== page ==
In this article by **Syed Omar Faruk Towaha**, the author of the book Learning C for Arduino, we will learn about functions and file handling with Arduino. We learned about loops and conditions. Let’s begin out journey into Functions with Arduino.

*(For more resources related to this topic, see here.)*

# Functions

Do you know how to make instant coffee? Don’t worry; I know. You will need some water, instant coffee, sugar, and milk or creamer. Remember, we want to drink coffee, but we are doing something that makes coffee. This procedure can be defined as a function of coffee making. Let’s finish making coffee now. The steps can be written as follows:

- Boil some water.
- Put some coffee inside a mug.
- Add some sugar.
- Pour in boiled water.
- Add some milk.

And finally, your coffee is ready! Let’s write a pseudo code for this function:

`function coffee (water, coffee, sugar, milk) { add coffee beans; add sugar; pour boiled water; add milk; return coffee; }`

In our pseudo code we have four items (we would call them parameters) to make coffee. We did something with our ingredients, and finally, we got our coffee, right? Now, if anybody wants to get coffee, he/she will have to do the same function (in programming, we will call it **calling a function**) again. Let’s move into the types of functions.

## Types of functions

A function returns something, or a value, which is called the **return** value. The return values can be of several types, some of which are listed here:

- Integers
- Float
- Double
- Character
- Void
- Boolean

Another term, **argument**, refers to something that is passed to the function and calculated or used inside the function. In our previous example, the ingredients passed to our coffee-making process can be called arguments (sugar, milk, and so on), and we finally got the coffee, which is the return value of the function.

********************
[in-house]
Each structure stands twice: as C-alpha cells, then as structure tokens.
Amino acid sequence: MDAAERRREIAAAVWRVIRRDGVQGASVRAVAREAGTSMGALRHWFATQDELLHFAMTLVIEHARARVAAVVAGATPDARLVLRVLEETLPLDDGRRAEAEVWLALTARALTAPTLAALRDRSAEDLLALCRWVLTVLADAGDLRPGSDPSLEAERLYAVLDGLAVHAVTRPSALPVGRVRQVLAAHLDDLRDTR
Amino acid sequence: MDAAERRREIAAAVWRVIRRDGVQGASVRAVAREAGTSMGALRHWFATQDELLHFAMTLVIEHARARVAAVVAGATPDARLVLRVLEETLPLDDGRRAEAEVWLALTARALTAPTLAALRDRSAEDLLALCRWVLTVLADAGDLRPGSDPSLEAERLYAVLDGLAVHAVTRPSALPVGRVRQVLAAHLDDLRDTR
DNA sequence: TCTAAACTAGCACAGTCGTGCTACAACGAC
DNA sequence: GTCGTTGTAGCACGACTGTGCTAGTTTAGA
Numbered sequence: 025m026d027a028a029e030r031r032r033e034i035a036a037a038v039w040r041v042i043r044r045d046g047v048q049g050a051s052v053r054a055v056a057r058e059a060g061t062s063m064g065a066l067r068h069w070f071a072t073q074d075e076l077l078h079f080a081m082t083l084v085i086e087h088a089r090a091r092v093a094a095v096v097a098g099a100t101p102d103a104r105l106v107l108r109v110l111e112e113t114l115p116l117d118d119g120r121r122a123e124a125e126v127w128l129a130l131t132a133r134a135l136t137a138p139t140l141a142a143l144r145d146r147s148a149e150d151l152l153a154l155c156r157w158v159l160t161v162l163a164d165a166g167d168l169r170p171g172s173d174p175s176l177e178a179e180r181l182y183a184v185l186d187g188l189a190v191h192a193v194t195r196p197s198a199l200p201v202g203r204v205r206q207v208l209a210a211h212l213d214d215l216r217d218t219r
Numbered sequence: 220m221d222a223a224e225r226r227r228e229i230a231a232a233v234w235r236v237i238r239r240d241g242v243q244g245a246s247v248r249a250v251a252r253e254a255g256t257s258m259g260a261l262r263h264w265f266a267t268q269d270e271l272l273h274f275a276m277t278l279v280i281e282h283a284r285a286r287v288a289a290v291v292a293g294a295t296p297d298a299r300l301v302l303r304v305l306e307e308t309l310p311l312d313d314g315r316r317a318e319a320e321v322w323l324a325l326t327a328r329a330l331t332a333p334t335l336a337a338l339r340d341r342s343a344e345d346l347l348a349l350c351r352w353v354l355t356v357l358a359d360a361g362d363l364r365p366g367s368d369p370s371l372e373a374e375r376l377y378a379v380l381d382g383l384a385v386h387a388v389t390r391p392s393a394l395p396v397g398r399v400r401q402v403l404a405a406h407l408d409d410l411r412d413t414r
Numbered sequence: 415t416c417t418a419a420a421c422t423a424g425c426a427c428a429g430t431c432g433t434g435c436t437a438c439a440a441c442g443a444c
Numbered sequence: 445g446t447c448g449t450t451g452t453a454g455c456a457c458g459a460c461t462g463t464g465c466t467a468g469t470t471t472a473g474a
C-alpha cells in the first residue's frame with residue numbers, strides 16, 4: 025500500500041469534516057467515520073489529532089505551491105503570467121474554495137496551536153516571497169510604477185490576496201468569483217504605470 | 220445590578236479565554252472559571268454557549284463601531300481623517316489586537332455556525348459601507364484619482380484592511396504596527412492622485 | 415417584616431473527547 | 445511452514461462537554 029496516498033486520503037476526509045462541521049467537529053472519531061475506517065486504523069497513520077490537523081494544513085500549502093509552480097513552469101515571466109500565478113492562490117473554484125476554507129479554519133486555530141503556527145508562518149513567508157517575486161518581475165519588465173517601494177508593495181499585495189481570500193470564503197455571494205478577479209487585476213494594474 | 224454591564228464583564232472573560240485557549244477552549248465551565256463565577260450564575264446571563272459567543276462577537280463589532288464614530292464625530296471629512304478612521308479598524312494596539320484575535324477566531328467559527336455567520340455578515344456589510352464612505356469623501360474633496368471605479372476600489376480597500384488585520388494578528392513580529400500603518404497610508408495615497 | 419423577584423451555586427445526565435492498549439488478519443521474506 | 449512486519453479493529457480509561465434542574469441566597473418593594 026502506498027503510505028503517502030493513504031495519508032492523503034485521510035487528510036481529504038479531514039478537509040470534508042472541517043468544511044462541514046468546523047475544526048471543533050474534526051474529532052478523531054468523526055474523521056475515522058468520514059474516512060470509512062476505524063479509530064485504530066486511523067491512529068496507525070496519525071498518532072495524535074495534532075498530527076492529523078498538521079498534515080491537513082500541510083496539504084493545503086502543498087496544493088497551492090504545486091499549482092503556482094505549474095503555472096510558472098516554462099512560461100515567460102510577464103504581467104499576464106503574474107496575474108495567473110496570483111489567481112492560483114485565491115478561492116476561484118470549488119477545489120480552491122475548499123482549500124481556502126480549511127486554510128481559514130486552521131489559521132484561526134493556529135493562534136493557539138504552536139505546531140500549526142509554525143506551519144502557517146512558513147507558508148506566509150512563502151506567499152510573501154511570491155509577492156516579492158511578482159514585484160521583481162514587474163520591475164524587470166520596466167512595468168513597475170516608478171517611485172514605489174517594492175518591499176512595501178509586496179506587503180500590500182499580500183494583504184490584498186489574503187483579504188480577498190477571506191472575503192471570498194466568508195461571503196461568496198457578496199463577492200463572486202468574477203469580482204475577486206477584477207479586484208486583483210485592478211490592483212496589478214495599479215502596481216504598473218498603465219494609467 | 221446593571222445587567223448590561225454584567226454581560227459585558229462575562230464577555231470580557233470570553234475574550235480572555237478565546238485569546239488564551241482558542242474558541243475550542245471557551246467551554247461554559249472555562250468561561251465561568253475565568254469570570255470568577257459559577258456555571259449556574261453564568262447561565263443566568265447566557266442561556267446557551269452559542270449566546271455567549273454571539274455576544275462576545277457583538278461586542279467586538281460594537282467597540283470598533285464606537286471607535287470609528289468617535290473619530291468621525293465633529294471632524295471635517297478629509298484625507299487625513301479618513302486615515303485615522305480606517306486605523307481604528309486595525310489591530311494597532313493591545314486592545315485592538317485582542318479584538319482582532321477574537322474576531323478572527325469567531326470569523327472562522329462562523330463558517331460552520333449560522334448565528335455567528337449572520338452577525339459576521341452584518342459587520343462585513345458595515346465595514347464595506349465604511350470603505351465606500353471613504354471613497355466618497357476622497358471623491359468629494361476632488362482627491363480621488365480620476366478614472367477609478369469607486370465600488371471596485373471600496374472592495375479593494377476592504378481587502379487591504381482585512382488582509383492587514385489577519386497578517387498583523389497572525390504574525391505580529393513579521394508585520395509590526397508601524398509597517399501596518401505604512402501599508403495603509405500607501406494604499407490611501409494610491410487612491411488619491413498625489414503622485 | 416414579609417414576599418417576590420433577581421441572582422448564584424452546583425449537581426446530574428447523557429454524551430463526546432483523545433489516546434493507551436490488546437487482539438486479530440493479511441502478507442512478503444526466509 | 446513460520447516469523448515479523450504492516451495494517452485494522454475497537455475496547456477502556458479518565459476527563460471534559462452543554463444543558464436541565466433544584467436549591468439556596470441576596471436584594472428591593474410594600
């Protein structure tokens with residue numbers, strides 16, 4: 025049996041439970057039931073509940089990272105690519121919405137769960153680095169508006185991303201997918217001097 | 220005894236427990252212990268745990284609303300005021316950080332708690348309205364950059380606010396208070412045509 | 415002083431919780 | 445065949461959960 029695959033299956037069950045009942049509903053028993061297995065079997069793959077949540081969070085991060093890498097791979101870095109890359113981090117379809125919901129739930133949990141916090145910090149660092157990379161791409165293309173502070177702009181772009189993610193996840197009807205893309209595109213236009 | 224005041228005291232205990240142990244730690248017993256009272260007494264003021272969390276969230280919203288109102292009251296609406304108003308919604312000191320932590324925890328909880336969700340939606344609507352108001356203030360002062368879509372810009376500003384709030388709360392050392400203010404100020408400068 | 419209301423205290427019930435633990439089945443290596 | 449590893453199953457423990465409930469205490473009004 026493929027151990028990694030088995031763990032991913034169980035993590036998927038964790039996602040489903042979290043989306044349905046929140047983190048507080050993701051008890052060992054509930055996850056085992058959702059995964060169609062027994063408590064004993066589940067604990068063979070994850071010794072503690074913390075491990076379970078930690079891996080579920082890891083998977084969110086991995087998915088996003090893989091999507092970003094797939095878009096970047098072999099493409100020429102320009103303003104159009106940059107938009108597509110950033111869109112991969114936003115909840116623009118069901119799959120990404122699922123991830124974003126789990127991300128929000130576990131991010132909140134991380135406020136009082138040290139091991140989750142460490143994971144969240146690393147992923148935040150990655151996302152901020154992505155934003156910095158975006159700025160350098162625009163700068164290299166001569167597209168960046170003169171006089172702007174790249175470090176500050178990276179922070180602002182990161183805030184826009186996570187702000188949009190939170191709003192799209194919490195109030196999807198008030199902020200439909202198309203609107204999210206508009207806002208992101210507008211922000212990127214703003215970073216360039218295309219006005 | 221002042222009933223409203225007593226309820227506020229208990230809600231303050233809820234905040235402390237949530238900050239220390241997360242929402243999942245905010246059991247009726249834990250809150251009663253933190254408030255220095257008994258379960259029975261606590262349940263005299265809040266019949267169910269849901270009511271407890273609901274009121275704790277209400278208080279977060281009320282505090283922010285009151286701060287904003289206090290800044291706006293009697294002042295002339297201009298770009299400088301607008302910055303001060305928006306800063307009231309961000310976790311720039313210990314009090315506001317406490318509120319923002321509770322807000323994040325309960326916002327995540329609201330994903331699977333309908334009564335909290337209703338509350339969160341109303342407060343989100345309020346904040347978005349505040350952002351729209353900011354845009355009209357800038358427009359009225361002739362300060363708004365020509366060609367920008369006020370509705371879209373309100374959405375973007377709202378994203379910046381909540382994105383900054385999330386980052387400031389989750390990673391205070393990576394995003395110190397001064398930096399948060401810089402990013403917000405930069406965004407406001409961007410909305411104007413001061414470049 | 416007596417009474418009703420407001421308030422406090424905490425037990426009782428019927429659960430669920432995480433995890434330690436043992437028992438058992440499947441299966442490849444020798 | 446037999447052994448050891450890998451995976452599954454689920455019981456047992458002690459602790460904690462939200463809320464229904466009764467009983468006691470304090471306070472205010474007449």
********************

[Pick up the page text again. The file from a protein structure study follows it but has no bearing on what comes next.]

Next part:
By definition, there are two types of functions. They are, a **system-defined** function and a **user-defined** function. In our Arduino code, we have often seen the following structure:

```
void setup() {
}
void loop() {
}
```

*setup()* and *loop()* are also functions. The return *type* of these functions is *void*. Don’t worry, we will discuss the type of function soon. The *setup()* and *loop()* functions are system-defined functions. There are a number of system-defined functions. The user-defined functions cannot be named after them.

Before going deeper into function types, let’s learn the syntax of a function. Functions can be as follows:

```
void functionName()
{
//statements
}
Or like
void functionName(arg1, arg2, arg3)
{
//statements
}
```

So, what’s the difference? Well, the first function has no arguments, but the second function does.

There are four types of function, depending on the return type and arguments. They are as follows:

- A function with no arguments and no return value
- A function with no arguments and a return value
- A function with arguments and no return value
- A function with arguments and a return value

Now, the question is, can the arguments be of any type? Yes, they can be of any type, depending on the function. They can be Boolean, integers, floats, or characters. They can be a mixture of data types too. We will look at some examples later. Now, let’s define and look at examples of the four types of function we just defined.

Function with no arguments and no return value, these functions do not accept arguments. The return type of these functions is void, which means the function returns nothing. Let me clear this up. As we learned earlier, a function must be named by something. The naming of a function will follow the rule for the variable naming. If we have a name for a function, we need to define its type also. It’s the basic rule for defining a function. So, if we are not sure of our function’s type (what type of job it will do), then it is safe to use the void keyword in front of our function, where void means no data type, as in the following function:

```
void myFunction(){
//statements
}
```

Inside the function, we may do all the things we need. Say we want to print *I love Arduino!* ten times if the function is called. So, our function must have a loop that continues for ten times and then stops. So, our function can be written as follows:

```
void myFunction() {
int i;
for (i = 0; i < 10; i++) {
Serial.println(“I love Arduino!“);
}
}
```

The preceding function does not have a return value. But if we call the function from our *main* function (from the *setup()* function; we may also call it from the *loop()* function, unless we do not want an infinite loop), the function will print *I love Arduino!* ten times. No matter how many times we call, it will print ten times for each call.

Let’s write the full code and look at the output. The full code is as follows:

```
void myFunction() {
int i;
for (i = 0; i < 10; i++) {
Serial.println(“I love Arduino!“);
}
}
void setup() {
Serial.begin(9600);